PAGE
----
On Oct. 14, Tyler Perry celebrated the $21.4 million opening of his latest film, Why Did I Get Married?, by going to a movie theater near his Atlanta home and plunking down money for a ticket. But he wasn’t going to see his own movie. Instead, he checked out We Own the Night, the dark Mark Wahlberg drama that many box office watchers had picked to eclipse Married in its opening weekend. It must have been a vindicating moment for the underdog director, who’s been under-estimated time and again by the Hollywood establishment. In fact, Perry could have bought a thousand tickets for Night, and it still wouldn’t have come close to the tally amassed by Married. The modestly budgeted dramedy not only trampled Night, it also outgrossed heavily touted films starring George Clooney (Michael Clayton) and Cate Blanchett (Elizabeth: The Golden Age) by up to $15 million, scoring a rare A+ grade in CinemaScore exit-polling results. And yet again, Perry sideswiped an industry that should have seen this coming. ”It’s been fun confounding the experts,” says Lionsgate president Tom Ortenberg, who has released four Perry movies in the last three years. ”I have to imagine people will refuse to be surprised anymore.”
Of course, Hollywood doesn’t like being caught off guard, and few will admit to being taken aback at Married‘s success. Adam Fogelson, who oversaw marketing for Universal’s Elizabeth, says that ”we didn’t go into the weekend underestimating him.” Adds Sony Pictures vice chairman Jeff Blake, who released Night: ”I think everyone always pays attention to him.” Well, he certainly has Hollywood’s attention now, and might even finally start earning its respect: We have learned that the writer-actor-director was offered at least three film projects this week, including one that would pair him with a major star. But the talks still had to be initiated by Perry’s camp. At this point, a studio chief has to be willfully blind — or just plain foolish — not to take a few cues from the mogul, who’s made quite a jump from industry zero to box office hero.
For starters, Perry has long cultivated a steady relationship with his audience. He posts regularly to the message boards on his website, tylerperry.com, and at press time, visitors had left more than 620,000 messages. ”I look at movies where there are no African Americans at all and I go, ‘Where in the world is this place where there are no black people?”’ Perry told EW just before Married opened. ”I want…people who have been ignored by Hollywood for years to get great entertainment that they can share with their families.” Perry’s producing partner, Reuben Cannon, believes that Perry is ”far more in touch with America’s taste than anyone in Hollywood…. I think of Tyler as the Walt Disney of the 21st century. Tyler’s name precedes every title because that’s the brand, much like Disney Presents.” (It’s worth noting that Married debuted at No. 1 two weeks after the Disney-produced The Game Plan had its own surprisingly strong opening.)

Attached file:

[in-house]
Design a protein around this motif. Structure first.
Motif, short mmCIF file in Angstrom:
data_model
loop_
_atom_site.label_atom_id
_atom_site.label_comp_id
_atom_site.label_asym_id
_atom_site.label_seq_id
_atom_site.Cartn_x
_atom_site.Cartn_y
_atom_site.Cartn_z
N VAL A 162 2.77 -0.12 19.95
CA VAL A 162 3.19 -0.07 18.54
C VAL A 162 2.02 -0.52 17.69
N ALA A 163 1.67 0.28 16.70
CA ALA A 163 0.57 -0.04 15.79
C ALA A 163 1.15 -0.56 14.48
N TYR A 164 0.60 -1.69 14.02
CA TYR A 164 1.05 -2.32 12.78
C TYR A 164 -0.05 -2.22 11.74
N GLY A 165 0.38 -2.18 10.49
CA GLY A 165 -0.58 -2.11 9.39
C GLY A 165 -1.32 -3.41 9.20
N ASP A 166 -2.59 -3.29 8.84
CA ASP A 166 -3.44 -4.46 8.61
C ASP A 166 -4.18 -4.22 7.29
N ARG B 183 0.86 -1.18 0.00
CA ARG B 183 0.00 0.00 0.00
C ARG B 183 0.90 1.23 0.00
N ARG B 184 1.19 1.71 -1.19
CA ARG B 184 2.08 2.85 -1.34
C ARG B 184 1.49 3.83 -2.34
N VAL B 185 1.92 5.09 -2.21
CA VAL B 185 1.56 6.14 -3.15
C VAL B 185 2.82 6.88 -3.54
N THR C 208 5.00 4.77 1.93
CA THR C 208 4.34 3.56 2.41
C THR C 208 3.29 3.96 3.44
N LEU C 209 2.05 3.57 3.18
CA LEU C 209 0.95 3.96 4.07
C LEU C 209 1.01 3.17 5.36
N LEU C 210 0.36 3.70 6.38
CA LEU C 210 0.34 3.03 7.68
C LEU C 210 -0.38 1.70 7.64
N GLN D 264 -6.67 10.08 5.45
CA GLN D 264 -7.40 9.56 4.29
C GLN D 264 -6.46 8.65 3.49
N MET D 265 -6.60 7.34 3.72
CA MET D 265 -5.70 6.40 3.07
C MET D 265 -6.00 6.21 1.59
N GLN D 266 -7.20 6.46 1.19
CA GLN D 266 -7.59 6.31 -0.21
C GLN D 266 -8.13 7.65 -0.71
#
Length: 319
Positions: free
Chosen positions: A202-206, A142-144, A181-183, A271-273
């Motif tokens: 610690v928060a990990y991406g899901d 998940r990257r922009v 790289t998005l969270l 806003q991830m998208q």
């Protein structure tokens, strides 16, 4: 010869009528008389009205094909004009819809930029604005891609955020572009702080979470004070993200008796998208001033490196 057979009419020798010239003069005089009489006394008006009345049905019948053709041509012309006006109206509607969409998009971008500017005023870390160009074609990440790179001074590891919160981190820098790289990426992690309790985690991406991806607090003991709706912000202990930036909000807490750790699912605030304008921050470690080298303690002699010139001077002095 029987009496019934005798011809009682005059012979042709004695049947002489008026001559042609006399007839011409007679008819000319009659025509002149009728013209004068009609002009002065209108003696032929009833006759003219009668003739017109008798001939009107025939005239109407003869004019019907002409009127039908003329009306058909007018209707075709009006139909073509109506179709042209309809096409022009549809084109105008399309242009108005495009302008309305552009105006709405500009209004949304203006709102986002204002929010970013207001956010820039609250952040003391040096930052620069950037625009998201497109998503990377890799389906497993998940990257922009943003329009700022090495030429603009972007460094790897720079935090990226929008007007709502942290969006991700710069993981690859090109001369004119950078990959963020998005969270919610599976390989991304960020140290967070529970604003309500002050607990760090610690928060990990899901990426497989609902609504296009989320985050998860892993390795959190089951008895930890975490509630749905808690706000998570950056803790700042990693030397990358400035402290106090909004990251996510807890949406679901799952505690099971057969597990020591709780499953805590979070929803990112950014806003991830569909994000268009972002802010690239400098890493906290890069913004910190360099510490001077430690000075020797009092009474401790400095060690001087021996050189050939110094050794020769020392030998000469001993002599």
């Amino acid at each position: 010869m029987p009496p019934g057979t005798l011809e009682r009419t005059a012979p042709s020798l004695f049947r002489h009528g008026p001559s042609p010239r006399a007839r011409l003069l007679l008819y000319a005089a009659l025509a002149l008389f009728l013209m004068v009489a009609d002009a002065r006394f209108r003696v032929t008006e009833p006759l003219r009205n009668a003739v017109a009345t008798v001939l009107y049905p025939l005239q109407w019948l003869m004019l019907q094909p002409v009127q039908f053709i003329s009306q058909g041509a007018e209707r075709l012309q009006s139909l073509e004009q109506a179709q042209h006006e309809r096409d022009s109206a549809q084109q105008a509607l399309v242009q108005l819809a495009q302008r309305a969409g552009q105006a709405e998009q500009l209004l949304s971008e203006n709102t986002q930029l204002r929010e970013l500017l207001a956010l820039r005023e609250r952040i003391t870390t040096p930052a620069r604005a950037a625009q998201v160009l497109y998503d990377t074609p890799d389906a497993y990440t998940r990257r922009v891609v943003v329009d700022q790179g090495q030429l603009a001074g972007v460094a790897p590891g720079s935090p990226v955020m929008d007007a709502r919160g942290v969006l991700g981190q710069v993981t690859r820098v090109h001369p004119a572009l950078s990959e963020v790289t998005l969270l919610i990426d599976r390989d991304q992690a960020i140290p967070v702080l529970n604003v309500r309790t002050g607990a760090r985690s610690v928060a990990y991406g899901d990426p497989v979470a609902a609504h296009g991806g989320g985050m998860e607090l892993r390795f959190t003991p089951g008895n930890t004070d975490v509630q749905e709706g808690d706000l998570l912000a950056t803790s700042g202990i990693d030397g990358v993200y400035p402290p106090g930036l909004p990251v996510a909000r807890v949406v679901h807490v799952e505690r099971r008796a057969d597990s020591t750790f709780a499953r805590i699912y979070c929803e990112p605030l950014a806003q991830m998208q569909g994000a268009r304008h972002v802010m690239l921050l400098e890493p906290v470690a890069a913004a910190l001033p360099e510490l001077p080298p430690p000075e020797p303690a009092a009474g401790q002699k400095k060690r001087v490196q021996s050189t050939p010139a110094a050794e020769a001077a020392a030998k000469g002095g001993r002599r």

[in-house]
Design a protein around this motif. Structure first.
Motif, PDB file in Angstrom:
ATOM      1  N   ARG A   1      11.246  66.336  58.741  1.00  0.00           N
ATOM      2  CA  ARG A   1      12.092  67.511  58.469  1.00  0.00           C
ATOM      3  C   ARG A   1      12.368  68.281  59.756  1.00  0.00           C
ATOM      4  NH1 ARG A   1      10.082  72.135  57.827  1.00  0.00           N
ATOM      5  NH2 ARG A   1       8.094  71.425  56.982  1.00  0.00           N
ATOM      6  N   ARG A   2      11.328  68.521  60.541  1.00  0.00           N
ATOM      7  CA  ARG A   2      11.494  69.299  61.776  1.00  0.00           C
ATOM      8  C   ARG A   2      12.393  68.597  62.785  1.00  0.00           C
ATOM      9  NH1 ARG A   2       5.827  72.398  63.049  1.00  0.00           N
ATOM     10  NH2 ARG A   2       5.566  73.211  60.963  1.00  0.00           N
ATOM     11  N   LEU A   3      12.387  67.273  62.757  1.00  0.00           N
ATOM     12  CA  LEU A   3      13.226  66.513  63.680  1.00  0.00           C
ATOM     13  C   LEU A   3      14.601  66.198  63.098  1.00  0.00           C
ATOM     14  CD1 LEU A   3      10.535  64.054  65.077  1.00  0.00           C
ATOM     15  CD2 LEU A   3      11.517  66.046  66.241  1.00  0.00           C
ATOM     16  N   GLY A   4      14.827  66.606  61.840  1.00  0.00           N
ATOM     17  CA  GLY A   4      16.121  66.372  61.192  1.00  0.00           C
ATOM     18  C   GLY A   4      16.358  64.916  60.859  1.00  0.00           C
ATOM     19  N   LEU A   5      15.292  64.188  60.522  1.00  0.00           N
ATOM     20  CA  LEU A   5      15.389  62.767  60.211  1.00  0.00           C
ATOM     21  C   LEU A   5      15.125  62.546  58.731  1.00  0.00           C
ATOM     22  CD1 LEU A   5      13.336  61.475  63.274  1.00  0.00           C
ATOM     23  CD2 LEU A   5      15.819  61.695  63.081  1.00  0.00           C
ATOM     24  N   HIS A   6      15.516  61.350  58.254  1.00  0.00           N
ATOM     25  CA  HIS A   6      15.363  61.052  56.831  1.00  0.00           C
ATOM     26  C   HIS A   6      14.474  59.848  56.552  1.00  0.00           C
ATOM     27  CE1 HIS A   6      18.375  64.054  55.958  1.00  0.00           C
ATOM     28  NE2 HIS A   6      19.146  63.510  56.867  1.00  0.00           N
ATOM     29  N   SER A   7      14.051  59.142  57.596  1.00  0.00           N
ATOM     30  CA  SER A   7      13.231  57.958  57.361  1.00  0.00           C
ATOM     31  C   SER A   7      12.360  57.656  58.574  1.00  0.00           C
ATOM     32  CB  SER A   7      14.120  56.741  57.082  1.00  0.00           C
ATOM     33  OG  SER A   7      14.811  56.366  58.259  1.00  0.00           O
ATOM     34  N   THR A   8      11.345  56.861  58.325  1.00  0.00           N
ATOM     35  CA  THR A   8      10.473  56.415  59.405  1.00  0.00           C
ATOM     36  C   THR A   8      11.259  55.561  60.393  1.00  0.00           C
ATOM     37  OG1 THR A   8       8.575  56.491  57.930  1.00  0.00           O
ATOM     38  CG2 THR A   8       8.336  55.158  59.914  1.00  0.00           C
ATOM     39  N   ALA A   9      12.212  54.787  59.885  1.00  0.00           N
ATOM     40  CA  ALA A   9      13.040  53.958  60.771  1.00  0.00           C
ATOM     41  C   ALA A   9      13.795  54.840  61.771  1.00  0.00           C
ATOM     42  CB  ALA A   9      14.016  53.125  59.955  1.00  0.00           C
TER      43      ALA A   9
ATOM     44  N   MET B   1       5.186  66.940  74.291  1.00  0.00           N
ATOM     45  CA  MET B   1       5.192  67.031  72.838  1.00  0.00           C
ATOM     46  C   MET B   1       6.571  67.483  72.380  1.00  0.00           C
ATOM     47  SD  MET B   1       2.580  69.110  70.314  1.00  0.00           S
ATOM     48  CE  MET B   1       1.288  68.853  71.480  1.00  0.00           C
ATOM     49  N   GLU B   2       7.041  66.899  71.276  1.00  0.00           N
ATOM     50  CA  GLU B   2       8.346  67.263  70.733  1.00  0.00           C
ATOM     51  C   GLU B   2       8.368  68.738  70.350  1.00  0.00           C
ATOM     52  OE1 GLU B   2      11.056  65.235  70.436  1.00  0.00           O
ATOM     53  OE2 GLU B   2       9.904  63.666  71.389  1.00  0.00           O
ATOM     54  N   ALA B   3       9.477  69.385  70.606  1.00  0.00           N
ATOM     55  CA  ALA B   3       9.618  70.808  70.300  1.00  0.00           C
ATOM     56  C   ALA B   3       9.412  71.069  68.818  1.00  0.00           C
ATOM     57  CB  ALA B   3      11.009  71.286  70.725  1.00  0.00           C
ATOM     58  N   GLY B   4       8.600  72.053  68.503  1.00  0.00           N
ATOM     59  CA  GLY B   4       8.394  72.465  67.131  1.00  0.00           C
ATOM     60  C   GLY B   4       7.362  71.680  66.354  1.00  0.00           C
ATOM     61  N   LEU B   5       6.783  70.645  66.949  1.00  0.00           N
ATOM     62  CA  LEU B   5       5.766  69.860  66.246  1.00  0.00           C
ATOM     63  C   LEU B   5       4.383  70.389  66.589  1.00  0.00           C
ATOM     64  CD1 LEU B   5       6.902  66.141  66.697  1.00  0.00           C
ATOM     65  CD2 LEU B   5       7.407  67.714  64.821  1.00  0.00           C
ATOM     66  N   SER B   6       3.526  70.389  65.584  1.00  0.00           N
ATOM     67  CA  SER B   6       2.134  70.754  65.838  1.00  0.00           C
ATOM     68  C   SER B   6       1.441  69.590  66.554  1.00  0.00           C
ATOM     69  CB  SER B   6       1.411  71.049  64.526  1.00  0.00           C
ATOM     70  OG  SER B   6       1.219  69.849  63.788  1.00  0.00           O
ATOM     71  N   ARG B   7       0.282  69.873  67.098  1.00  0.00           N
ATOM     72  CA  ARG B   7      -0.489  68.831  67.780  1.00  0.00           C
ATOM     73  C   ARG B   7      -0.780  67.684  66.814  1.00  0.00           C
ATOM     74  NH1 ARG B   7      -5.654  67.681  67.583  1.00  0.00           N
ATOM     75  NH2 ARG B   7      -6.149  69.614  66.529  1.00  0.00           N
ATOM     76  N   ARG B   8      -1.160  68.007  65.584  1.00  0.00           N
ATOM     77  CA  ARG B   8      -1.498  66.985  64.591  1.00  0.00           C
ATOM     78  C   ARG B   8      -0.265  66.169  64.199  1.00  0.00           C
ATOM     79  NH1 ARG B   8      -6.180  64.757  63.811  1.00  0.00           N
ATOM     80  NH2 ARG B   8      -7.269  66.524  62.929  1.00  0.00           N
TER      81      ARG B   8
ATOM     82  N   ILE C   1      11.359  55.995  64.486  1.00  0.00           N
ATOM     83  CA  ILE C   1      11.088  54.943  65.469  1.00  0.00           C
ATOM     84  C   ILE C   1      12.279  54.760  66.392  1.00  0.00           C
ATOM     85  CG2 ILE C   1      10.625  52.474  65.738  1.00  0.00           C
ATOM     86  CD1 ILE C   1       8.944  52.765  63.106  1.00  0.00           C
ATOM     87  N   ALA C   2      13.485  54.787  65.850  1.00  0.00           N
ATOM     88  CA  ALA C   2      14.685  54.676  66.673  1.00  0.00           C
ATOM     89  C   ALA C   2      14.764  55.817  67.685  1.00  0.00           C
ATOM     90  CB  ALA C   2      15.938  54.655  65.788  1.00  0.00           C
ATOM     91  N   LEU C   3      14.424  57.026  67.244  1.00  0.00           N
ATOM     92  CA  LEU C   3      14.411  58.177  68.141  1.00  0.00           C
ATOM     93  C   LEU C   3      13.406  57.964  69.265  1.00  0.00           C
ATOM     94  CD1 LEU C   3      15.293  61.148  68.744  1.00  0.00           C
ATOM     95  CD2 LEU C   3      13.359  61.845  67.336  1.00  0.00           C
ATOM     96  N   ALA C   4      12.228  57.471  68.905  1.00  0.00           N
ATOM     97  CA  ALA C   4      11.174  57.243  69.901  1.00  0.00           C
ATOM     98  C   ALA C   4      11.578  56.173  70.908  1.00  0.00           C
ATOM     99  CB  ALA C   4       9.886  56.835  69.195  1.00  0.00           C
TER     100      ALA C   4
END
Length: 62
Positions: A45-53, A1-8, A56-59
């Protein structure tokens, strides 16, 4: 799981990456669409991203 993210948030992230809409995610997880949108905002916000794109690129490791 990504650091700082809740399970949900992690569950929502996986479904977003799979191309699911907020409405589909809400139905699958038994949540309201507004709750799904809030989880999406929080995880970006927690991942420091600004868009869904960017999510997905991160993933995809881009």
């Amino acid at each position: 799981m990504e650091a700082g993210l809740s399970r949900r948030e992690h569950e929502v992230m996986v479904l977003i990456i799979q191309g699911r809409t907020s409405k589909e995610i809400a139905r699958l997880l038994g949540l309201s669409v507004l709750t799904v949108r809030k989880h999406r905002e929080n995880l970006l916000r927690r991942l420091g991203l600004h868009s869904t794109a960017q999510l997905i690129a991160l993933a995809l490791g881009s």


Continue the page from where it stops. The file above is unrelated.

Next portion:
Perry is just as loyal to his business partners as he is to his besotted fans: He began his lucrative partnership with Lionsgate in 2004, and despite the fact that he’s got the means to go it alone (his Atlanta-based Tyler Perry Studios will move into a 150,000-square-foot production facility next year), he has no intention of severing those ties. He also steadfastly refuses to sell the rights to his original creations —like matriarch Madea, whom he’s portrayed in his plays, movies, and TBS sitcom, House of Payne explaining that it’s all in keeping with plans for his next big venture: his own television network. ”I’m building ancillary property so that I have enough on-air material.” He’s planned out a full production slate: Film versions of his hit plays Meet the Browns and Madea Goes to Jail will begin arriving in theaters next spring, and he hopes to sell a Browns sitcom (he’s already shot 10 episodes) to TBS as a companion for Payne.
And does Perry himself think that he’s particularly canny? It’s hard to say. Perhaps he’s afraid of letting those Hollywood types in on too many of his secrets. Or maybe he’s just smarter than the town that’s still grappling with his growing presence. ”As far as business goes, I have redefined some things,” he says, his voice thick with his usual modesty. ”If that makes me smart, then okay.” But Perry can’t stop to think about it too much. After all, he’s got an empire to build. — Additional reporting by Nicole Sperling
Tyler Perry’s Opening Weekends
Madea’s Family Reunion (2006) — $30 MILLION
Perry’s biggest hit — so far — was this raucous comedy centered on his most popular character.
Diary of a Mad Black Woman (2005) — $21.9 MILLION
Tossed out by her hubby, Kimberly Elise’s Helen moves in with her wise grandma. (Again, Madea!)
Why Did I Get Married? (2007) — $21.4 MILLION
Four couples deal with their unraveling marriages during a weeklong mountain retreat.
Daddy’s Little Girls (2007) — $11.2 MILLION
Idris Elba plays a father engaged in a bitter fight with his ex to regain custody of his three daughters.